LGBT citizens of Washington, D.C., were granted the opportunity to apply for marriage licenses Wednesday, according to an article in The New York Times.
The District of Columbia now joins five other regions across the country that allow same-sex marriage, including Iowa, West Va., N.H., Mass., and Conn.
Couples of all ages and ethnicities lined up at the Moultrie Courthouse to apply for their licenses early on Wednesday morning. Tears and exclamations of joy pervaded the scene, reported The Washington Post.
Only a handful of protesters from Kansas arrived, but many more college students LGBT alliance members provided support to those receiving their historic licenses.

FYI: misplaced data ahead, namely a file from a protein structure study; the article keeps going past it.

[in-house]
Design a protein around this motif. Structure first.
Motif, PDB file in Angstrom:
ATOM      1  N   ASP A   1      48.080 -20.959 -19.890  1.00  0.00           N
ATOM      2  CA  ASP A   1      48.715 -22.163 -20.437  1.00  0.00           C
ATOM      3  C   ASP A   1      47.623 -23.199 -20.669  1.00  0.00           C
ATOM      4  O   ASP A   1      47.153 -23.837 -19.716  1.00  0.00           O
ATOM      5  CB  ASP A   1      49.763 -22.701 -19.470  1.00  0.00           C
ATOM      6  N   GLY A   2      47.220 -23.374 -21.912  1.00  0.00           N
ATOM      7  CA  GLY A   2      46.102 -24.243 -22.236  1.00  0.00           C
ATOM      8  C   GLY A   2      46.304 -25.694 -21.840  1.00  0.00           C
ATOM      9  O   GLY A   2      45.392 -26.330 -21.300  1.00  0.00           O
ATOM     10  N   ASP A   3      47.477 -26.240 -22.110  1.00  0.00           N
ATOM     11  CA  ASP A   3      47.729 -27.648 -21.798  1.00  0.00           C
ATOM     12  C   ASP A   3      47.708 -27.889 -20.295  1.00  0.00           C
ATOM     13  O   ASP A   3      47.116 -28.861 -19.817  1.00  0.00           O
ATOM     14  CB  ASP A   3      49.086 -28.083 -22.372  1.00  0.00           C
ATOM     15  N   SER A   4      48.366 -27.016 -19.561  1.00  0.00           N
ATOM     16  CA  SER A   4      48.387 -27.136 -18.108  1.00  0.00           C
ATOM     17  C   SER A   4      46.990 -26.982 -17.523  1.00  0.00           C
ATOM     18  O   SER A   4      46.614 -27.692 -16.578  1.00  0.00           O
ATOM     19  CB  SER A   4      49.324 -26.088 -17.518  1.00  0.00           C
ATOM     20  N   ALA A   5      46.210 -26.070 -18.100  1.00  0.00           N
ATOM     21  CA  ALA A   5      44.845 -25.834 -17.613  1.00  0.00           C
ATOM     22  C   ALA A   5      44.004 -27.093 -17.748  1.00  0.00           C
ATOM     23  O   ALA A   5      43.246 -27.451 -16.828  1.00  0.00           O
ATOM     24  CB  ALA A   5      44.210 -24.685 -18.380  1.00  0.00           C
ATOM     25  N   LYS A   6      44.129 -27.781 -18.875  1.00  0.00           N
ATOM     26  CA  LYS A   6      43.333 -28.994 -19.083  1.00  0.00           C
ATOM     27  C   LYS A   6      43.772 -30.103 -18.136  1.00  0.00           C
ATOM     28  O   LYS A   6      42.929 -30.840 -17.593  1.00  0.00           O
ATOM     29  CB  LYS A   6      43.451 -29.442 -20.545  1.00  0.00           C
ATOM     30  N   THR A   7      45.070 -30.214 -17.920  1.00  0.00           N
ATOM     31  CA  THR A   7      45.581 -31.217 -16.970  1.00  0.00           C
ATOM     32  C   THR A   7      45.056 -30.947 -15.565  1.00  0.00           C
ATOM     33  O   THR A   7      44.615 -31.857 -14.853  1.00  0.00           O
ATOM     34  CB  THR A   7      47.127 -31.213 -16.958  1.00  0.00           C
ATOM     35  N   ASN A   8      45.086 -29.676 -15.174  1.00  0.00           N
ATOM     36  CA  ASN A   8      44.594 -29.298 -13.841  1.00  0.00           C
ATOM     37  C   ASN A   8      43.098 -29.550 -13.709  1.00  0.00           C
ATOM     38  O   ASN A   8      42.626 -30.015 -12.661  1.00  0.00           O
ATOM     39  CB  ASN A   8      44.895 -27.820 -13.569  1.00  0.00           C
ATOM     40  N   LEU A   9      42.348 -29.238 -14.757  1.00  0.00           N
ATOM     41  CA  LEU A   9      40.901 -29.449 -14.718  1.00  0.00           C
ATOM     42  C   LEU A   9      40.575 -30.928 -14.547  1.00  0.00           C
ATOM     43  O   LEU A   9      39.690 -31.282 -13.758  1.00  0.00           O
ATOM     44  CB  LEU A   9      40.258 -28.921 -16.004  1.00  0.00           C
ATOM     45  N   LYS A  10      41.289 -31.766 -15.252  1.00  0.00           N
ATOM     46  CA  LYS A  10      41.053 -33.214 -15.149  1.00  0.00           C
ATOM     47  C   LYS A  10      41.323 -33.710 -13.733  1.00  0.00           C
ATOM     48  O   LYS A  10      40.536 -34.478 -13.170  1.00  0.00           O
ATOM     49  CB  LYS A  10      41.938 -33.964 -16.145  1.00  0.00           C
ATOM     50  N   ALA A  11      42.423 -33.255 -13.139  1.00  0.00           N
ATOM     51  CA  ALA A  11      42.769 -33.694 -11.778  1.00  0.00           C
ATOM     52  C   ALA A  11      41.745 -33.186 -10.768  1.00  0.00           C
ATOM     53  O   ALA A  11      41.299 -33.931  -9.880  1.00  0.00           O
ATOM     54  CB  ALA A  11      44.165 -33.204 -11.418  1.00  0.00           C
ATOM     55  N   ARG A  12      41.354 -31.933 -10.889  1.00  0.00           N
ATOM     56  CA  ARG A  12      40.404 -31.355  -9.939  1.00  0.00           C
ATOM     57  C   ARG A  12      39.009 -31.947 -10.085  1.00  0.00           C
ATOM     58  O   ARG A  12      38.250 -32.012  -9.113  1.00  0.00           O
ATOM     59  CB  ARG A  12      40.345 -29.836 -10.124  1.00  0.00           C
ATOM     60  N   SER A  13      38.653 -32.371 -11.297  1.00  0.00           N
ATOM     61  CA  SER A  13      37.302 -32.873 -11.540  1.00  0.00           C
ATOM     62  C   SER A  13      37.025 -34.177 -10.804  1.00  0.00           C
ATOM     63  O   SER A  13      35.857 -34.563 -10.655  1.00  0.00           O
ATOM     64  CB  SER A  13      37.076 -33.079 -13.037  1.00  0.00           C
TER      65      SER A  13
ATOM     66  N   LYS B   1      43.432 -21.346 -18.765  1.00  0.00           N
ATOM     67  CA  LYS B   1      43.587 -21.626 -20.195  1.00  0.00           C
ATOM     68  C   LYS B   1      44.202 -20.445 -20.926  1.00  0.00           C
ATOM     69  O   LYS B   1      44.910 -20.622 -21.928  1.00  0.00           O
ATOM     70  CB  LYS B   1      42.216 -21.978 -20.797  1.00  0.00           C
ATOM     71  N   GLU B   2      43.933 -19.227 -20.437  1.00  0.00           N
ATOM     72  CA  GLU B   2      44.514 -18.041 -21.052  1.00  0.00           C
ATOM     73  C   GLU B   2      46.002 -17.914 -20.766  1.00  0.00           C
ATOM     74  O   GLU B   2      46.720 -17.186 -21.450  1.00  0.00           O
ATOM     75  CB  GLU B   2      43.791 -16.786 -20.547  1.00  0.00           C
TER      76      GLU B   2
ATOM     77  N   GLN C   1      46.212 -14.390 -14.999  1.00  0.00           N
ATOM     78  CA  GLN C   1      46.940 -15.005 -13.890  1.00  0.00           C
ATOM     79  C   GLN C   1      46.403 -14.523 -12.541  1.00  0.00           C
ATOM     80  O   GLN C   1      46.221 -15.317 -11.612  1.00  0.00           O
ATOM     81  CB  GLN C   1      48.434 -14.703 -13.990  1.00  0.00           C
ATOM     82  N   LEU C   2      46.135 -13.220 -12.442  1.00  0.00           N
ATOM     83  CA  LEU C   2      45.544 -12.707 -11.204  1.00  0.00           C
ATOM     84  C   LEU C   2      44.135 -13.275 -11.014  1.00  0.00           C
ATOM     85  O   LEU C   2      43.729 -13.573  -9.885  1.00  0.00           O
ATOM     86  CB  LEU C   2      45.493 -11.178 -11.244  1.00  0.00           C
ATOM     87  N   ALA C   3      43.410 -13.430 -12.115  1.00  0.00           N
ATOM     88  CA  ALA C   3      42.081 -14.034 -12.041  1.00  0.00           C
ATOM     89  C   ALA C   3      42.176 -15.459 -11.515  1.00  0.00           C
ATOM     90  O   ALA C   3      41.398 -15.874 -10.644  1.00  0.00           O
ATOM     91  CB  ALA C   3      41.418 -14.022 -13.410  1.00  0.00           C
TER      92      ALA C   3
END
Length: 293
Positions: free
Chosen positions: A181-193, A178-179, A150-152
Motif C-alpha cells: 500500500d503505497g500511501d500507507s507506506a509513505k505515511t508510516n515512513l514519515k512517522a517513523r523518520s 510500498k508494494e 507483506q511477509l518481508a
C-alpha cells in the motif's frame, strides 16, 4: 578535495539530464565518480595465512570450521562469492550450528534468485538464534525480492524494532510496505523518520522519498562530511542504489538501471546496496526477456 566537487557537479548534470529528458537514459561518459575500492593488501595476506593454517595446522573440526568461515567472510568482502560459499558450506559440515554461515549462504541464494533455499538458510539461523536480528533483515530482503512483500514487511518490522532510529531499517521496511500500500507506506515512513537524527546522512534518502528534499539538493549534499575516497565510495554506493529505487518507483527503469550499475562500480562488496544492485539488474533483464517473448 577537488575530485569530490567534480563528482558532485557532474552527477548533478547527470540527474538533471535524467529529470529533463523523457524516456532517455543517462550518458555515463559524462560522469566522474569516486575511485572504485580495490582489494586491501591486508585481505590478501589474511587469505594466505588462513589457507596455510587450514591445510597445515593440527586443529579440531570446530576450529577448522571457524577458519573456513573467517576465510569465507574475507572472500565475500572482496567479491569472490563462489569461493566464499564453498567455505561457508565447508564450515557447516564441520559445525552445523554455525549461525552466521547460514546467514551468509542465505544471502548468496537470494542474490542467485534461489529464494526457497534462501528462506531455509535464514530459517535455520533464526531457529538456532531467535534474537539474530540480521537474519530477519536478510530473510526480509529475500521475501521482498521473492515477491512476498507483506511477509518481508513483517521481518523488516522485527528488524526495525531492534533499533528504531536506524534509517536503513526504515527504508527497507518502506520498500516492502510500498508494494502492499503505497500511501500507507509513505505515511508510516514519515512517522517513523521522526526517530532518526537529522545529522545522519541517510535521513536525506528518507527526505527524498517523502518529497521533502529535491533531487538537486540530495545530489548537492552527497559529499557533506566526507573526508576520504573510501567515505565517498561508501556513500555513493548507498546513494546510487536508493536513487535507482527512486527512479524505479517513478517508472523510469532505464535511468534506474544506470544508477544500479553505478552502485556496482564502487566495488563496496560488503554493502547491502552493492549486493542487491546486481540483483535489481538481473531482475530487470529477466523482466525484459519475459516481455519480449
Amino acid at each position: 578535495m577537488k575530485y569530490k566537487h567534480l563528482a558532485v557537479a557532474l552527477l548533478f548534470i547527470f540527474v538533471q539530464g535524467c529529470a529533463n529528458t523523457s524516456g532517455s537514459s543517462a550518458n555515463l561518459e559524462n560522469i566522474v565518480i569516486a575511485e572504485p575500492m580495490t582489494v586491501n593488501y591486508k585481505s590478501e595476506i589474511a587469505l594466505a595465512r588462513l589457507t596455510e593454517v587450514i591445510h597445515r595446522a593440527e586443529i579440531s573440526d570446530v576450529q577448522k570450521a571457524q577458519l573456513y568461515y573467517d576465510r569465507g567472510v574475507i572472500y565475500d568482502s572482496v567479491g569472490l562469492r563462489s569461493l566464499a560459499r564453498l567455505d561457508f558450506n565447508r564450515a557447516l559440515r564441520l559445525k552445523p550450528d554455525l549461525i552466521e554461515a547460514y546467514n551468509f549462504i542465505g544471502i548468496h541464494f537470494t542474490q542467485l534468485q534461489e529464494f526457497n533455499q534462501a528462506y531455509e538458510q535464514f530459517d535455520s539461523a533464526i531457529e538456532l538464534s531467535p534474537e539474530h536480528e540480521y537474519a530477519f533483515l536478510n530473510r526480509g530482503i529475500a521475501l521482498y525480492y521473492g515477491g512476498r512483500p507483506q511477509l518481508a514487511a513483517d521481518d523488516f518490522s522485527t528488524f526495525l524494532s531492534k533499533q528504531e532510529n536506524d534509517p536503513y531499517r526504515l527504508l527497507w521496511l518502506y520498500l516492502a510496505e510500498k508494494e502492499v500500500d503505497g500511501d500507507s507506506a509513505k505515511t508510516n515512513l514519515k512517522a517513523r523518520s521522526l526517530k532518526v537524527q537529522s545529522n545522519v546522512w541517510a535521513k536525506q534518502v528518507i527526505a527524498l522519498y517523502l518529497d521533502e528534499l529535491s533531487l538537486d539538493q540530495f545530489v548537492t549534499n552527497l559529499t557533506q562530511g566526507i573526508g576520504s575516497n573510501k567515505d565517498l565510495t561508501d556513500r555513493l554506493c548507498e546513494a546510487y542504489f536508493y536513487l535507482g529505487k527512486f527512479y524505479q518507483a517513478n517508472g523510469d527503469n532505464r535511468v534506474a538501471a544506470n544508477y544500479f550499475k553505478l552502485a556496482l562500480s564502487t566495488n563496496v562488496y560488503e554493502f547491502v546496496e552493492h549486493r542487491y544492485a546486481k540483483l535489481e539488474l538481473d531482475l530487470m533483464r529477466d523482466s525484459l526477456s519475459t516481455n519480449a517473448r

The event came after a long-awaited legislative debacle. In December, the city's same-sex marriage bill passed easily with a 11-2 vote in the city council, which has two openly gay members. But since the nation's capital is not part of any state, the legislation had to go under Congressional review, which finally passed on Tuesday.
In the wake of Washington's new law, more states are looking at a same-sex marriage option. Maryland may begin to recognize same-sex couples married in other states, and Minn., just proposed a same-sex marriage law in the State Senate.